Comprehensive ERP tools help businesses to cut through the ambiguity, and drive better decision-making through a clear look at actual finances and operations. Here we compare Oracle vs. SAP: two of the big name ERP software packages commonly researched and used. Here’s a look at both of these top-level ERP solutions:
When it comes to delivering ERP to businesses, Oracle trades on its name as a major software firm, as well as all of the functionality of its cloud-based and web-delivered ERP tools. Oracle is quick to point out that much of its customer base appreciates its established track record in IT, and that its dedication to providing great ERP interfaces happens within the context of all of the other solutions that the firm provides to business clients.
Oracle’s ERP offerings are in seven general categories: finance, procurement, portfolio management, risk management, enterprise performance management, order management and manufacturing.
Within these broader segments, Oracle offers a range of tools that are often based on a process. There’s ‘Budget to Approval,’ where Oracle software helps companies track the budgets they create for themselves, and uses diverse analytics to help handle costs. There’s ‘Asset Management to Retirement,’ covering the full life cycle of assets, from acquisition to amortization and eventual disposal. There’s also ‘Transaction to Cash Position,’ again, taking a point-of-sale approach and integrating it with long-term financial data. Other processes focuses on things like supply chains and inventory, for example, with a ‘Supplier Invoice to Payment’ process management tool for vendor relationships.
In procurement, Oracle uses things like supplier registration, contract creation and invoice payment tools to help make it easier for a company to purchase what it needs to function. Oracle’s ‘time and labor cloud’ and ‘sourcing cloud’ tools provide transparency for these sorts of tracking.
Oracle also prides itself on risk management solutions that help to enforce enterprise-wide compliance and automate some forms of compliance in various industries. These tools help to prevent things like cash leakage, and bring a level of policy enforcement that helps companies feel confident about the risks that they face.
Last but not least, Oracle provides a set of tools for manufacturing ERP. Utilizing elements like shop floor visibility and control, companies can be sure that what’s happening on the floor is supporting core operations in the right way. Oracle provides a supervisor workbench and other planning and execution tools, and graphical product synchronization helps to give leaders a birds-eye view of what’s happening. This segment of ERP management helps with things like resource optimization and the development of pre-planned inventories.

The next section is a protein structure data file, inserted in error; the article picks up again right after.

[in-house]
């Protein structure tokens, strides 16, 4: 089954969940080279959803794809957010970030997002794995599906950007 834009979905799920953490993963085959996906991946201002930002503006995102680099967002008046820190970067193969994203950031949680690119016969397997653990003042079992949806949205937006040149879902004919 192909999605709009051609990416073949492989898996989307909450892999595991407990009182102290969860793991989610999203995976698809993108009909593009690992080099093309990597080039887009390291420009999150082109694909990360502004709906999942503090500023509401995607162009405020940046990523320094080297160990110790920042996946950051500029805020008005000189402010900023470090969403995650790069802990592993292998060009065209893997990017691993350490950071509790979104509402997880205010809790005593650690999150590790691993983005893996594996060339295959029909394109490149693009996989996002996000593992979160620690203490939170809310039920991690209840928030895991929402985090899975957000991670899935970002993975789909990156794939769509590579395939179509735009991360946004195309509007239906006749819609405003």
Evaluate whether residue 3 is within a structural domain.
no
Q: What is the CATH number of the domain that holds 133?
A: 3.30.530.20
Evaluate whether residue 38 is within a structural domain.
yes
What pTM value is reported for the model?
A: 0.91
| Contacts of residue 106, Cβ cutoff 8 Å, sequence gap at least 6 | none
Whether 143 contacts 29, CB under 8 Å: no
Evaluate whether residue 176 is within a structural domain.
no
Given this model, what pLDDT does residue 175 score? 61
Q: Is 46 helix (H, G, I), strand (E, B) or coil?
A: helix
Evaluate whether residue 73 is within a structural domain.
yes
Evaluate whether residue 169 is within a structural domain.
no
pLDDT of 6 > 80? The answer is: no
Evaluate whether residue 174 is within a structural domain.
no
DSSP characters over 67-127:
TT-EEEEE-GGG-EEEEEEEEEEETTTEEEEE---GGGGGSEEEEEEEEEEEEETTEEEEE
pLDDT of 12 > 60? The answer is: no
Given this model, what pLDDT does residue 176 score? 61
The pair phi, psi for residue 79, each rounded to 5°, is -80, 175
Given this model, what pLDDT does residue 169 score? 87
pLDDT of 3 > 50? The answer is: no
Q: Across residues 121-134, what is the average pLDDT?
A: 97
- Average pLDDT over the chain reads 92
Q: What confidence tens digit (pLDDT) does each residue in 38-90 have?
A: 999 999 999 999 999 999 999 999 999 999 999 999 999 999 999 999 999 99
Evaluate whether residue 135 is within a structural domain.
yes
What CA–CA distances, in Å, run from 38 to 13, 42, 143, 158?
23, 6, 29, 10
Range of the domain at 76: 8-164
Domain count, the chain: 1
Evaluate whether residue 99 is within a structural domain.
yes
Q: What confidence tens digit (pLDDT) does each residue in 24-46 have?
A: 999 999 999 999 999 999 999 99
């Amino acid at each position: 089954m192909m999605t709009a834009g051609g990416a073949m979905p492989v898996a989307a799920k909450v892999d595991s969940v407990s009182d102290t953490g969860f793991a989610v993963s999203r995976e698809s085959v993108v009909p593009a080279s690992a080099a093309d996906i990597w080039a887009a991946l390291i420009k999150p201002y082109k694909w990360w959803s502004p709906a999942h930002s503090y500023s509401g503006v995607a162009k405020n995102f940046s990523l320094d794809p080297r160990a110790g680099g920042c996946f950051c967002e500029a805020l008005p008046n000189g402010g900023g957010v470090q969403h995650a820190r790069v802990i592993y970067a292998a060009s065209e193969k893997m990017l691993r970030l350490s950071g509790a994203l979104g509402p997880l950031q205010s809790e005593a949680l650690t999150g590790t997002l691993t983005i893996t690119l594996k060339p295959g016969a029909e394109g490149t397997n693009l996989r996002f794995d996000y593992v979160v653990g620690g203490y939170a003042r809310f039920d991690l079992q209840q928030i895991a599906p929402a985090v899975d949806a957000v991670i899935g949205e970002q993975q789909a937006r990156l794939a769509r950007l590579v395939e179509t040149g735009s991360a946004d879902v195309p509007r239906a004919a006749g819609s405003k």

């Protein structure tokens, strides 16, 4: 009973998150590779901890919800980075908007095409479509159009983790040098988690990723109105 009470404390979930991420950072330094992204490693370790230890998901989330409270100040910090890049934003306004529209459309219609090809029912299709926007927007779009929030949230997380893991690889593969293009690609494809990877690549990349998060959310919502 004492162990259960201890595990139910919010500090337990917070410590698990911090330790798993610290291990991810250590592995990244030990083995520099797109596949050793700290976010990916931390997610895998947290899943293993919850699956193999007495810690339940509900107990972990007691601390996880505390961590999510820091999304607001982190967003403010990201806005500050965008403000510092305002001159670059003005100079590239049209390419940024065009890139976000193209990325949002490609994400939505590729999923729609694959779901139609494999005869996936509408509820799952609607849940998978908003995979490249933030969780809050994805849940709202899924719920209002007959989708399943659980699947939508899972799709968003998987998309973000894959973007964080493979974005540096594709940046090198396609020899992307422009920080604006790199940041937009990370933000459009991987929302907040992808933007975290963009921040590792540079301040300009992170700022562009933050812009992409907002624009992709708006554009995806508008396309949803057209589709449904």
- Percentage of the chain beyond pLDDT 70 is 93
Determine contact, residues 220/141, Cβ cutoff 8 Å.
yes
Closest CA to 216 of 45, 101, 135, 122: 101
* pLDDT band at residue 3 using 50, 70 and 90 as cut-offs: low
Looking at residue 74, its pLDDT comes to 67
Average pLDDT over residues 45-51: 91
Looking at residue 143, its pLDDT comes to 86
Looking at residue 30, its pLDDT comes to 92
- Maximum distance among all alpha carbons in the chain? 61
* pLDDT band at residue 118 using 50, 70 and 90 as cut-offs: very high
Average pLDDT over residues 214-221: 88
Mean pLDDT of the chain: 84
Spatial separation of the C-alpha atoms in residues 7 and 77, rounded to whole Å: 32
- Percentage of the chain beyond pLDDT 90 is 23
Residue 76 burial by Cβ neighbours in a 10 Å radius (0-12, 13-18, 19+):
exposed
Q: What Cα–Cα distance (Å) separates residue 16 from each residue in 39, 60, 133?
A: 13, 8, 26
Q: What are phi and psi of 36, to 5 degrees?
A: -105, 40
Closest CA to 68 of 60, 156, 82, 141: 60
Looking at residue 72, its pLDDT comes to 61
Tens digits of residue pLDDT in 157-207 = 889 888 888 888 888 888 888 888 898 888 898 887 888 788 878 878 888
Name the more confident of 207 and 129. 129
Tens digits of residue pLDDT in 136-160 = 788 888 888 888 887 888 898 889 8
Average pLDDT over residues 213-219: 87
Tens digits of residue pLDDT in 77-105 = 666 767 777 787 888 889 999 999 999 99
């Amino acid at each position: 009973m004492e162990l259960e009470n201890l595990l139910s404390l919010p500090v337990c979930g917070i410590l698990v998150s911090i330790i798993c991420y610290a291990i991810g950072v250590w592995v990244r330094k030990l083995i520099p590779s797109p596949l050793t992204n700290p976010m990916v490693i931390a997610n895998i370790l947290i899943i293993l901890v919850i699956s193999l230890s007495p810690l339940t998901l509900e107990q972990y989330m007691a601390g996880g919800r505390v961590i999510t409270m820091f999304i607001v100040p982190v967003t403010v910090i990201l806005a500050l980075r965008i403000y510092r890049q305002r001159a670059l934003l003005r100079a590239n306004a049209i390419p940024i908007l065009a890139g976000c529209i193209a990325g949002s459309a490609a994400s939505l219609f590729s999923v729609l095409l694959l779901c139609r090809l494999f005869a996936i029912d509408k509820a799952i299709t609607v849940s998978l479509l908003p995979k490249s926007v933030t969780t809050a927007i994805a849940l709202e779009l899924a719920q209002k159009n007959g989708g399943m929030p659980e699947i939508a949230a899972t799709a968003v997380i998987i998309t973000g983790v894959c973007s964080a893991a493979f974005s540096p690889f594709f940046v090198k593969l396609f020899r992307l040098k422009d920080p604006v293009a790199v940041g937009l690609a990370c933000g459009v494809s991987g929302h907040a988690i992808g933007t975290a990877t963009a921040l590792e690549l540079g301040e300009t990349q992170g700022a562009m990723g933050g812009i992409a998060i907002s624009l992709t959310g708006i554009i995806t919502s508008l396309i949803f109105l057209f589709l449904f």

Like Oracle, SAP is also a major ERP provider with a lot of skin in the game and a clear track record of delivering broad enterprise support to clients. As the maker of Crystal Reports, a gold standard in data reporting, SAP enjoys a level of brand recognition that makes its ERP package one of the most popular in the industry.
In offering ERP solutions, SAP is relying on its 2006 offering, SAP ERP 6.0, and offering sets of enhancement packages to update this traditional suite of solutions. At the broadest level, SAP offers ERP tools based in the following categories of operations, financials and human resource management.
Operational elements include modules for sales and distribution, materials management, product planning and logistics execution, as well as quality management. These are complimented with particular sets of functionality in those areas; for example, In the sales category, there are solutions for contextual marketing, smarter selling, customer service excellence and digital transformation of commerce and billing.
Items like ‘procure to pay’ help companies manage purchases and enforce vendor choices while looking at their procurement patterns to drive future decisions. ‘Order to cash’ helps to manage quotes and other aspects of contracts with vendors, as well as looking at deliveries.
Companies can also browse a wide variety of SAP ERP tools by industry, by line of business or by technology. For example, SAP offers different sets of tools for aerospace and defense than for companies in spaces like insurance and telecommunications. By defining a company’s position in an industry, SAP can offer more precise toolsets. Companies can also choose optimized solutions by line of business, for example, searching for SAP ERP tools related to asset management, human resources, supply chain, research and design, marketing, service or sales.
SAP also offers different types of solutions in these categories: end-to-end solutions, solution capabilities, and business drivers.
In terms of the human capital management portion, SAP ERP helps with things like payroll and offers e-recruiting functionality to help companies know how they’re dealing with employee retention and battling turnover.
Both of the above ERP tools are broadly diversified to help customize a platform to a company’s needs. Both of them provide comprehensive support for all of those company life cycles that occur around products, services, assets and suppliers. Both also offer the customer the ability to go in and choose from a broad menu of solutions according to what fits them — so ultimately, taking advantage of these solutions suite is going to require dedicated research and quite a bit of back-and-forth about what a company does, and what it actually needs done in terms of core analytics and business intelligence utilization.